It’s every freelancer’s worst nightmare. You’ve turned in your work and you’re waiting for a payment but it doesn’t come. You check and recheck your bank, whether you sent your invoices, and then eventually approach the client, not wanting to sound too pushy but you also wanting to pay the rent.
Not taking freelancers seriously is usually part of the reason why so many have trouble with getting paid. There’s a belief that freelancers are simply hobbyists or are just unemployed and should therefore be grateful for any experience and exposure. However, this is far from the truth for a lot of freelancers who are determined to grow a successful business.
Learn to love contracts
Try to get an agreement in writing every time you work on a project. This is useful not only for protecting your interests but also to make sure you and your client are both on the same page.
You can flesh out the terms of your contract and see what is expected of both parties. If someone refuses to sign a contract that might be a sign that you shouldn’t work with them.
Genuine clients won’t see a problem with signing one and they will most likely prefer having it in writing to protect their own interests too.
Check payment methods
Make sure your payment methods are as simple as possible. You don’t want to give anyone an excuse not to pay you, so make it easy for them. If you make it difficult they just might not bother next time and will eventually find someone else who is more convenient.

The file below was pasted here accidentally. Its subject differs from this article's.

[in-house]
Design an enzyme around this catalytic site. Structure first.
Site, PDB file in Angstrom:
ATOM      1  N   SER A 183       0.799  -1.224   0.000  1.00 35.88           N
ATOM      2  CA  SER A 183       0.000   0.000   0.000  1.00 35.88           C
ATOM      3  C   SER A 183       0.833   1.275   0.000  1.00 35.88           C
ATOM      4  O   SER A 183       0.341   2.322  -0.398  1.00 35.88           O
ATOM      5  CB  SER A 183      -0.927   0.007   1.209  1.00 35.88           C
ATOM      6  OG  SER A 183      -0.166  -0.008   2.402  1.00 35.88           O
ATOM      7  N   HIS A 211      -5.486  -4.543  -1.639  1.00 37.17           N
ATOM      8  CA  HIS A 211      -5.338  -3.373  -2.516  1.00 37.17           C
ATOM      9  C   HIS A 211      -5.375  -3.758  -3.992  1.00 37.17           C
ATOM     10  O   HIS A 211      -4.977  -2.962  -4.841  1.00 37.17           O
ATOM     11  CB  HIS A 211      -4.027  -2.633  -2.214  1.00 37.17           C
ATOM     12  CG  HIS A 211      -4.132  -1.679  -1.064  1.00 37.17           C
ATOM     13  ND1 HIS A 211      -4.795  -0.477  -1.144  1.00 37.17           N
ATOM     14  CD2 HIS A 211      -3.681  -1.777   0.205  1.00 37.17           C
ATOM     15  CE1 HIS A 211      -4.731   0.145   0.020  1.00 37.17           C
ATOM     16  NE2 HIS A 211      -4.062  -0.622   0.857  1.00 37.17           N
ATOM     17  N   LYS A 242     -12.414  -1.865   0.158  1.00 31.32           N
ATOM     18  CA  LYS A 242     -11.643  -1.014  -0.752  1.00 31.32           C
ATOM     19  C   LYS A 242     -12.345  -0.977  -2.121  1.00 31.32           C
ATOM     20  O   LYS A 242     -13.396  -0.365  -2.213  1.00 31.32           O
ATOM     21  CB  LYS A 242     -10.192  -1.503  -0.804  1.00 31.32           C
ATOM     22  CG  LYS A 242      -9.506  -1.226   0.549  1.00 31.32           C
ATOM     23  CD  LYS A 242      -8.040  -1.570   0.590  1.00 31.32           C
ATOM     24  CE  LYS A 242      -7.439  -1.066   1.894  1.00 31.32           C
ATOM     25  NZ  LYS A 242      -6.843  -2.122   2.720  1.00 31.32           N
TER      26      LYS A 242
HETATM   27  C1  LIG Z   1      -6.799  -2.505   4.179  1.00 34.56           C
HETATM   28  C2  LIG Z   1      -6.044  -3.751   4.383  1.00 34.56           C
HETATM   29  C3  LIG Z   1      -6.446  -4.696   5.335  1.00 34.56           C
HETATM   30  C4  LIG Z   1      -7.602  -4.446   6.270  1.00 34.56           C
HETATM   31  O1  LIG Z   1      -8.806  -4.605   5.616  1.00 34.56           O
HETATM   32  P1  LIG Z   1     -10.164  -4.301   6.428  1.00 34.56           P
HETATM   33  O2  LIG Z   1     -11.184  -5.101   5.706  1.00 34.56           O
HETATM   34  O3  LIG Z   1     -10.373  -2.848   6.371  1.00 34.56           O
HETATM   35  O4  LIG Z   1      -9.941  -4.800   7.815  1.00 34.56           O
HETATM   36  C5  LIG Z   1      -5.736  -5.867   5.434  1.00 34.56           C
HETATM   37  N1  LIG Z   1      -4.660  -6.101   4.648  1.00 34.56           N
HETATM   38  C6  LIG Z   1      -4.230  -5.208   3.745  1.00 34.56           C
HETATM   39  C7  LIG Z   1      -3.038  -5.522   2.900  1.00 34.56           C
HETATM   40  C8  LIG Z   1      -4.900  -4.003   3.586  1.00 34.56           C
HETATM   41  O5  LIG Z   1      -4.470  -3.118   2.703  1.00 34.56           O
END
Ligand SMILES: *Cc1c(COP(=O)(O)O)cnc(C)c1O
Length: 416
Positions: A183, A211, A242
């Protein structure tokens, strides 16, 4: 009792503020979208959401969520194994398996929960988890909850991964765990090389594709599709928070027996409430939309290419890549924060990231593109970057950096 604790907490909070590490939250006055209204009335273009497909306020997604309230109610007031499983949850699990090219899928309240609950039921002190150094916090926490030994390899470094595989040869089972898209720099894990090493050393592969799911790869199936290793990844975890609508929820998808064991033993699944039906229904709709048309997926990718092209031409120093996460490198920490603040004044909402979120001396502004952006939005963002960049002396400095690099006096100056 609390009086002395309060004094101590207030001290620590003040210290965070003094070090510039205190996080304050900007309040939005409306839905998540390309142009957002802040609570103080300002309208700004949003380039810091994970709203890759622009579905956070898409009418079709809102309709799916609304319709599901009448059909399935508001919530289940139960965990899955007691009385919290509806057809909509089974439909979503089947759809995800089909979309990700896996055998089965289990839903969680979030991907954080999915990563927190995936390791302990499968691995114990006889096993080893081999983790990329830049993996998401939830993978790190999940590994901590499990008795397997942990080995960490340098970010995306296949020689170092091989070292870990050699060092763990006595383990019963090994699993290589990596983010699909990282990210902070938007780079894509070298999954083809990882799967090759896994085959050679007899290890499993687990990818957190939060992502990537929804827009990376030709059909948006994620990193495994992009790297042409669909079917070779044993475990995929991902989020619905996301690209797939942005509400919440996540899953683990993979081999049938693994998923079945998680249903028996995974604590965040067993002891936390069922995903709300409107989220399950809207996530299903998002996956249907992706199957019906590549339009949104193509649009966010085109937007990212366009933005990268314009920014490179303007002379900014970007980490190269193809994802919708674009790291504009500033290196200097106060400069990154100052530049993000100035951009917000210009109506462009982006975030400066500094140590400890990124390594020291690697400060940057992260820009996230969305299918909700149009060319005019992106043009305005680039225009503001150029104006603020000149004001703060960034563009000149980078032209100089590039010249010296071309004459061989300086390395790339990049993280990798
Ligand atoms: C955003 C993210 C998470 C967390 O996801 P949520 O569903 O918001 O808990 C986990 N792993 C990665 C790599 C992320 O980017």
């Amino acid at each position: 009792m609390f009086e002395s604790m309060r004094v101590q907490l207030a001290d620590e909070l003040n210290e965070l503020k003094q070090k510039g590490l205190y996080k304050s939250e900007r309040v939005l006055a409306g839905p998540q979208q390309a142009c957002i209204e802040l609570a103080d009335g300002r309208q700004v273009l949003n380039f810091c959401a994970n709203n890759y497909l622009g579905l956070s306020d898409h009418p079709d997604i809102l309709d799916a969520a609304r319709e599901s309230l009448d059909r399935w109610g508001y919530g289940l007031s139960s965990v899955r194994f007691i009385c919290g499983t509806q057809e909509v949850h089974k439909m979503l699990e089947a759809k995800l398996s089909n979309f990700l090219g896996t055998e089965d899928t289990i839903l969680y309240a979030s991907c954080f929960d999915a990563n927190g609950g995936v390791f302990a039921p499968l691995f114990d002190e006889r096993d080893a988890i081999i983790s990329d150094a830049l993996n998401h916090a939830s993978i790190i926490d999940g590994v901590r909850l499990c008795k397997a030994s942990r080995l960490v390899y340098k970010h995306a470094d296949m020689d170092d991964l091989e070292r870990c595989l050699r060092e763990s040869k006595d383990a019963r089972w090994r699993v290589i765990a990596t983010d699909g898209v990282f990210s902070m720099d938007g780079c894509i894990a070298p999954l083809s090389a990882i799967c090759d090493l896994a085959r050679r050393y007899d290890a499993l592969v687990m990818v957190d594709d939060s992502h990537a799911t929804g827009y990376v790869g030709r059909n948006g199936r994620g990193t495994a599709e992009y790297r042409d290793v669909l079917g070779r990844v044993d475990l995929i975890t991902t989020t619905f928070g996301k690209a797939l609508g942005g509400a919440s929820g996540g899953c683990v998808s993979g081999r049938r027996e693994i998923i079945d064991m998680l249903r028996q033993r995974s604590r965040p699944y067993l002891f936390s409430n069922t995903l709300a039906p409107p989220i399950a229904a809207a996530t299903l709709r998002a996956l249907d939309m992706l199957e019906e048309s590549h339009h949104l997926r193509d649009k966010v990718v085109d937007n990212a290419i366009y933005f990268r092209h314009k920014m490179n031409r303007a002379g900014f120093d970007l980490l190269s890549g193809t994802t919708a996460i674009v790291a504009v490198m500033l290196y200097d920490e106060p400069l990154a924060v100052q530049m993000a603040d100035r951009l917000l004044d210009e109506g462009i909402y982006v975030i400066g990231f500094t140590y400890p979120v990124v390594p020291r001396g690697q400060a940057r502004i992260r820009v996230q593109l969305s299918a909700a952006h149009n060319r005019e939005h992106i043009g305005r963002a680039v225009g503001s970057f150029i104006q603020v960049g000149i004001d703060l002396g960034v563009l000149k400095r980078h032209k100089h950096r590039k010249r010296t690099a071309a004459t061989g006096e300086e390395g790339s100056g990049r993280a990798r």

Be firm when asking for payment. You can keep on top of late payments by sending out friendly reminders. Reminders can be useful but make sure you don’t harass your clients too much. You don’t want them to see you as difficult to work with.
When you confront your client over a missed payment, try not to go in too defensive. Try to use empathy to explain the situation to your client. Tap into their mutual business point of view and try to create a common ground.
Make it clear to a client in your original contract that there will be a fee payable for any missed or late payments. When a certain period has passed you can resubmit the bill with a percentage added on for late payments. A late fee is likely to spur the client into action so they don’t receive more of this.
If it’s an ongoing contract and you’re finding that you’re not being paid but still expected to do work on a long term basis, then just stop working! If you’re not getting paid then why should you continue to do work for no money?
You could be spending your time working with clients who will pay on time without the stress for either of you. Hopefully this current client will be more likely to take you seriously and pay what they owe when they realise they’re missing out on work from you.
Weigh up rewards vs cost
If nothing else works, then you might want to take them to court. However, it might end up costing you more to get your money back than it’s worth. While you don’t want to give up your owed payment, it might end up being your only option.
Legal costs, time consuming cases and the stress will all add up. You have to decide whether it’s all worth it in the end.
Learn from your experience
If anything, this experience will make you more cautious in the future when taking on new clients. You might want to tighten up your contract or think up a few new rules for future work. You are probably in a better position to spot the warning signs of a bad client and will hopefully be able to avoid this again.
Have you ever had a client fail to make a payment? How did you deal with it? Share your experience in the comments!